UNT, in partnership with the Universidad de Magallanes, the Chilean Institute of Ecology and Biodiversity, and several U.S. and Chilean nonprofit organizations, has opened the world's first environmental philosophy, science and policy field station at the southern tip of Chile in the village of Puerto Williams.
The new research facility sits inside the UNESCO Cape Horn Biosphere Reserve, one of the world's last remaining pristine wilderness areas with mountains, glaciers and forests that offer a rich environment for ecological research and conservation activities.
"The goal is to have students doing research in Chile year-round so they can have a direct experience in crossing language barriers and working with students from other countries, scientists and the local society," says Christopher Anderson, an assistant research professor of biology at UNT and coordinator of the Sub-Antarctic Ecosystems and Biocultural Conservation research cluster and program. "Our mission is not just to do research, but to develop long-term, working relationships with local authorities and community members and to make the research socially relevant."
The research cluster has worked to integrate ecological and social aspects of research, education and conservation into a long-term research, education and conservation program. The cluster's unique integration of the sciences and ethics with an emphasis on ethno-ecology and environmental philosophy coincides with the focus of UNT's doctoral program for environmental ethics and philosophy.
Students, scientists, government and university officials, and visitors attended the inauguration, including:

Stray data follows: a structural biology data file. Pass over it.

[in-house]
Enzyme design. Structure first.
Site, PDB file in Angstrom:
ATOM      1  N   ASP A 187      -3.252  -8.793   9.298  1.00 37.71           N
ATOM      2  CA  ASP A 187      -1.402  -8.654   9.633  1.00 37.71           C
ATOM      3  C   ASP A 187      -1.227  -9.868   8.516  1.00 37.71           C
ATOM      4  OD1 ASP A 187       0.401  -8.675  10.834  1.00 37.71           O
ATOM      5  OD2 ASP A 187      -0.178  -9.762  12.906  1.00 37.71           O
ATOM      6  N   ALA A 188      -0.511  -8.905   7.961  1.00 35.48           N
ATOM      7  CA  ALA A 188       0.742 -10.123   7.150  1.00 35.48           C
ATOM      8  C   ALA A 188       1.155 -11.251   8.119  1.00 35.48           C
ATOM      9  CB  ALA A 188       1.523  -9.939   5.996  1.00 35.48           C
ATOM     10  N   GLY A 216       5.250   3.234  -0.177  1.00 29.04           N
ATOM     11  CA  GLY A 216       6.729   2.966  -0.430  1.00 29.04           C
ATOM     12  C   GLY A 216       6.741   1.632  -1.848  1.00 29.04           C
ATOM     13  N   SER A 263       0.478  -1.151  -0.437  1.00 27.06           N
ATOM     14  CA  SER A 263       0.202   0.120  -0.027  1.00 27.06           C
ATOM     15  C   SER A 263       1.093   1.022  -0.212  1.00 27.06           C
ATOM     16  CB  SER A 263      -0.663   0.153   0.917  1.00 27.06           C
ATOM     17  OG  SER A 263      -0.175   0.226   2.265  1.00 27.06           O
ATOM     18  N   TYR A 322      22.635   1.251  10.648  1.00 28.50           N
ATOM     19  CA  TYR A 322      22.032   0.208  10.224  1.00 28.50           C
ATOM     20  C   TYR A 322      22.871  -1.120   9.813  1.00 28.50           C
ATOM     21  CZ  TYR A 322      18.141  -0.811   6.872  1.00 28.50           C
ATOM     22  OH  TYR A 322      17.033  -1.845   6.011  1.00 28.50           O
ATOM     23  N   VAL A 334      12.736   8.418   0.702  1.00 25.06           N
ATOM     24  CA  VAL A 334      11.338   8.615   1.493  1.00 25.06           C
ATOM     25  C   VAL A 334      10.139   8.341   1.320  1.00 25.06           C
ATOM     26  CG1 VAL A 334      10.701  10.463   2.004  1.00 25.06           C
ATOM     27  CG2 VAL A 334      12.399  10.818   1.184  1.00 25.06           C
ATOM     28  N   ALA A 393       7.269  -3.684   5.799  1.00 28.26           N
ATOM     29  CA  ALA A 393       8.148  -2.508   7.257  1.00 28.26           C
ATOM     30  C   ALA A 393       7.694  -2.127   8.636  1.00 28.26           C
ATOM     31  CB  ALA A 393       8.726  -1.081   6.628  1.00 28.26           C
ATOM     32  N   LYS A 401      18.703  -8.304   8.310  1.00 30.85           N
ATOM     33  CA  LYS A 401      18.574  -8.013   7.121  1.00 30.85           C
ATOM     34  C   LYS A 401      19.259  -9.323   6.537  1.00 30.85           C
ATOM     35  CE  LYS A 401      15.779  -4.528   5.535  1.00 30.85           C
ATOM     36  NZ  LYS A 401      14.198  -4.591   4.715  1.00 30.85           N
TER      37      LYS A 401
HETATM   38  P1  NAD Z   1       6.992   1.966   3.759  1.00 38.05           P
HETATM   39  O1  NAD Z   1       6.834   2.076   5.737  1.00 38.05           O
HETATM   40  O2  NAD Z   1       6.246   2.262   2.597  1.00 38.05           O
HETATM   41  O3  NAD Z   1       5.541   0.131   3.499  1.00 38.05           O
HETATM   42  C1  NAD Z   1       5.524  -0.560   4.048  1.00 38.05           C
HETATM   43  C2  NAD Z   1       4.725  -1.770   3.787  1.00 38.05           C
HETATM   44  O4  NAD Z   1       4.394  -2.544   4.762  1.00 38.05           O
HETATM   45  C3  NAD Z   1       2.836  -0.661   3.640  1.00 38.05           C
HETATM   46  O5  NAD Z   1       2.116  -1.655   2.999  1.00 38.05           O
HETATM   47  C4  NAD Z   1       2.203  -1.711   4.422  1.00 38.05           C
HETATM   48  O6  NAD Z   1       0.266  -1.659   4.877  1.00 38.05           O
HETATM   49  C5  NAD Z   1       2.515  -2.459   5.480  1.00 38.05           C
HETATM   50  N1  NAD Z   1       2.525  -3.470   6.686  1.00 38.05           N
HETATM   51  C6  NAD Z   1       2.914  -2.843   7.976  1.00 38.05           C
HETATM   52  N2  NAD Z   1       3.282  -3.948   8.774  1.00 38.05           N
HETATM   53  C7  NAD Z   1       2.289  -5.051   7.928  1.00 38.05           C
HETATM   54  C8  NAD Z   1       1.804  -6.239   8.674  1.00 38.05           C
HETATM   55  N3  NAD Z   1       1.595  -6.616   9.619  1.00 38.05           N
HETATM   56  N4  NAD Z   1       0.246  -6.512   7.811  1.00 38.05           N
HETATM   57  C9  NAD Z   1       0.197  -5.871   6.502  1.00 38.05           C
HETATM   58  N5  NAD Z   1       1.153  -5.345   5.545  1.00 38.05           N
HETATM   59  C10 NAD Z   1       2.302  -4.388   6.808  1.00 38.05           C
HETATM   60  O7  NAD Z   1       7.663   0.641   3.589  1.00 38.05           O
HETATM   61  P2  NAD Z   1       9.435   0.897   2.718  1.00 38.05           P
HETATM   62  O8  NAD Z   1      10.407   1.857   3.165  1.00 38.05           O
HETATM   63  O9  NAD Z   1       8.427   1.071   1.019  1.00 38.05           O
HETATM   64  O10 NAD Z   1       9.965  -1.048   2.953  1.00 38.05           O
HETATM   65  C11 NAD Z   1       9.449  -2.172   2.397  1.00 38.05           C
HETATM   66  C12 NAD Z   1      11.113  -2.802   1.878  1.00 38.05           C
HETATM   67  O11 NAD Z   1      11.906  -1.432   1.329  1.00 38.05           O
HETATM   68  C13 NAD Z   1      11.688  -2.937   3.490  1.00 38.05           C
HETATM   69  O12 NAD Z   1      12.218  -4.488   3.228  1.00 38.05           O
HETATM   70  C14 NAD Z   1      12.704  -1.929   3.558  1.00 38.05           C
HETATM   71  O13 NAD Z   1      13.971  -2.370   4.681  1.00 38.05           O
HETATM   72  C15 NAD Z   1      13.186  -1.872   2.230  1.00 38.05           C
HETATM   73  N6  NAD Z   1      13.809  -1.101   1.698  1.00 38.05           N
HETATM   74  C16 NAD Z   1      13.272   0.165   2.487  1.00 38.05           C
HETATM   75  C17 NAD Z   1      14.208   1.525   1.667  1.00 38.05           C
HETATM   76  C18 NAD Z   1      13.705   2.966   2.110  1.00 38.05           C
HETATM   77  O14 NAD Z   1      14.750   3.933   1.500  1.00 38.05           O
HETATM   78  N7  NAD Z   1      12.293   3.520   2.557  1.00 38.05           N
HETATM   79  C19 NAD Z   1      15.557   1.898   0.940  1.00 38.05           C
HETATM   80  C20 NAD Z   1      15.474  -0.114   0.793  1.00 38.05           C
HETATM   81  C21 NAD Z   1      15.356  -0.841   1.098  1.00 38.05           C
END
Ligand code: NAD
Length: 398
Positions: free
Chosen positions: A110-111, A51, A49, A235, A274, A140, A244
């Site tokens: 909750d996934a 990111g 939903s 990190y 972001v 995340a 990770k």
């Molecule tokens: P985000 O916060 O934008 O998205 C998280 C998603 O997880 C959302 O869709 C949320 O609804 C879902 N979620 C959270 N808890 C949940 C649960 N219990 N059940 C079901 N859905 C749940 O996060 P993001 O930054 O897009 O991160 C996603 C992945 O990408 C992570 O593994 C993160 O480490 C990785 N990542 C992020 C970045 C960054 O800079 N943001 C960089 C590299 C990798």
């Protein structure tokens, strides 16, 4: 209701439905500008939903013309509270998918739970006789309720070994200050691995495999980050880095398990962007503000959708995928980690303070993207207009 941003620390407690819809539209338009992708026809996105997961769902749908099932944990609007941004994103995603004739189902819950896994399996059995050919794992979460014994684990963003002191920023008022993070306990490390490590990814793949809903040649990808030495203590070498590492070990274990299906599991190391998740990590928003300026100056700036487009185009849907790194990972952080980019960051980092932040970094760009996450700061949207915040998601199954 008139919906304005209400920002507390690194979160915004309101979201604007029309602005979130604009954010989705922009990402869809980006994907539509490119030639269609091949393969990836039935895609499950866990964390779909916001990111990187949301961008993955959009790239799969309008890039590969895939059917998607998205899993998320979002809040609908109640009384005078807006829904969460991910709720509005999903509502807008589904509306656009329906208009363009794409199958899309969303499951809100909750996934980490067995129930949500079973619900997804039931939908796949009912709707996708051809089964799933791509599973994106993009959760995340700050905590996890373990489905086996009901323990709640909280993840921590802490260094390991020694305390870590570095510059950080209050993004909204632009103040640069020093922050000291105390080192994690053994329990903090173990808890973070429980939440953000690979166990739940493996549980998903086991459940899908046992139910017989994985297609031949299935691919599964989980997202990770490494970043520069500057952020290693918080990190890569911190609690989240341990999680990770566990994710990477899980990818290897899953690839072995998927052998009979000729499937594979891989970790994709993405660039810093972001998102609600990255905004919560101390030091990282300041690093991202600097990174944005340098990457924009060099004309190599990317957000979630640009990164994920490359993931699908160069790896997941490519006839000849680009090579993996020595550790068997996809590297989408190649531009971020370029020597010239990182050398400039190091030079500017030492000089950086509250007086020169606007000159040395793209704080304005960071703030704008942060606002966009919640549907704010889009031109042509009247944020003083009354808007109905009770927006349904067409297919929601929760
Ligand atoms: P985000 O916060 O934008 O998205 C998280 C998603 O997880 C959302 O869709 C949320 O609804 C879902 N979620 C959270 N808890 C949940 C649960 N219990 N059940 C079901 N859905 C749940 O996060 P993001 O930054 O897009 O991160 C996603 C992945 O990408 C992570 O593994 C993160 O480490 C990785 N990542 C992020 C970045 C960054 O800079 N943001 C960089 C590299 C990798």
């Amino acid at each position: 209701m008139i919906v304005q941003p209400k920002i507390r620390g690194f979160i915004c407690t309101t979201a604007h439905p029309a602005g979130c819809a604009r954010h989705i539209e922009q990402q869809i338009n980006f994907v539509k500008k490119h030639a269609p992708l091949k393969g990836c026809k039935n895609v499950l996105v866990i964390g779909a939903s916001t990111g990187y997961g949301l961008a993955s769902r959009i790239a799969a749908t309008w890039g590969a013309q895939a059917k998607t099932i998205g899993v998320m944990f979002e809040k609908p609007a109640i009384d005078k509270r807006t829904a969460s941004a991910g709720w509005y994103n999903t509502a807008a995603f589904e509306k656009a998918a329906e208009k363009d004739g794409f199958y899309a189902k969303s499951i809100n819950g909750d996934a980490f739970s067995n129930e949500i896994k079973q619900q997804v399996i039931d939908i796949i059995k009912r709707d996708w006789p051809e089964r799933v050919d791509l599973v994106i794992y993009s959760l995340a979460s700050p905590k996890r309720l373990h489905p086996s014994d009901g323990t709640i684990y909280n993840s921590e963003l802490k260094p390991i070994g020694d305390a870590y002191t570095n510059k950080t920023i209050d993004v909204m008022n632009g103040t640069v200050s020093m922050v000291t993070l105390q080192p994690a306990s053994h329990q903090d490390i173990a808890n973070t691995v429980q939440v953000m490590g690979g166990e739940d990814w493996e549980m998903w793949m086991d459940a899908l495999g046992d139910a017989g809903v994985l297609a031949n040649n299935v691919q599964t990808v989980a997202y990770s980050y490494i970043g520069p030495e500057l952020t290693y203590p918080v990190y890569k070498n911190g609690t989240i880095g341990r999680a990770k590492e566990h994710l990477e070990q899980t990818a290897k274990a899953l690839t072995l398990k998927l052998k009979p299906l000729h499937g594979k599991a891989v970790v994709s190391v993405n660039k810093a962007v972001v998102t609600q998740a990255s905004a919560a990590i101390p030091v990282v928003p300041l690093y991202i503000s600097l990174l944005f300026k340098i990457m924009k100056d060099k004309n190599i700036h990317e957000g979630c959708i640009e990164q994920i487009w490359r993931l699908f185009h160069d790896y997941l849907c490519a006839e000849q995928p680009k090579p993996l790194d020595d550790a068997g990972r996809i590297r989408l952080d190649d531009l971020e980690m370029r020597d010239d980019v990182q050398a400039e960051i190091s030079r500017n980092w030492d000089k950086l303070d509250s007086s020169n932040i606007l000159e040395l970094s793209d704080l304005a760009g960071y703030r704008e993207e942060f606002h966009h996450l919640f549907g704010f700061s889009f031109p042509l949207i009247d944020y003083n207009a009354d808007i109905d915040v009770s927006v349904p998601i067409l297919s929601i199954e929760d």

The two-and-a-half story facility has a kitchen, library, classrooms, computer area and laboratory for processing and storing research samples and other field equipment. The station also provides office and lodging space for up to 15 students and researchers during courses and expeditions in the Cape Horn region. Previously, research activities were based at a Universidad de Magallanes-owned facility in Puerto Williams that housed six people.
The construction of the new field station was funded through a $15 million grant from the CONICYT, the Chilean equivalent of the U.S. National Science Foundation, as well as funds from UNT. The grant will help support research for the next 10 years.
Last year, UNT and the Universidad de Magallanes co-published a guidebook of the approximate 50 species of birds in Omora Ethnobotanical Park, including scientific and local knowledge of each species. Future projects include creating a similar guidebook for lichens, mosses and liverworts, known as the "Miniature Forests of Cape Horn," and translating philosophy texts from Spanish to English and English to Spanish.
Elizabeth Smith with UNT News Service can be reached at Elizabeth.email@example.com.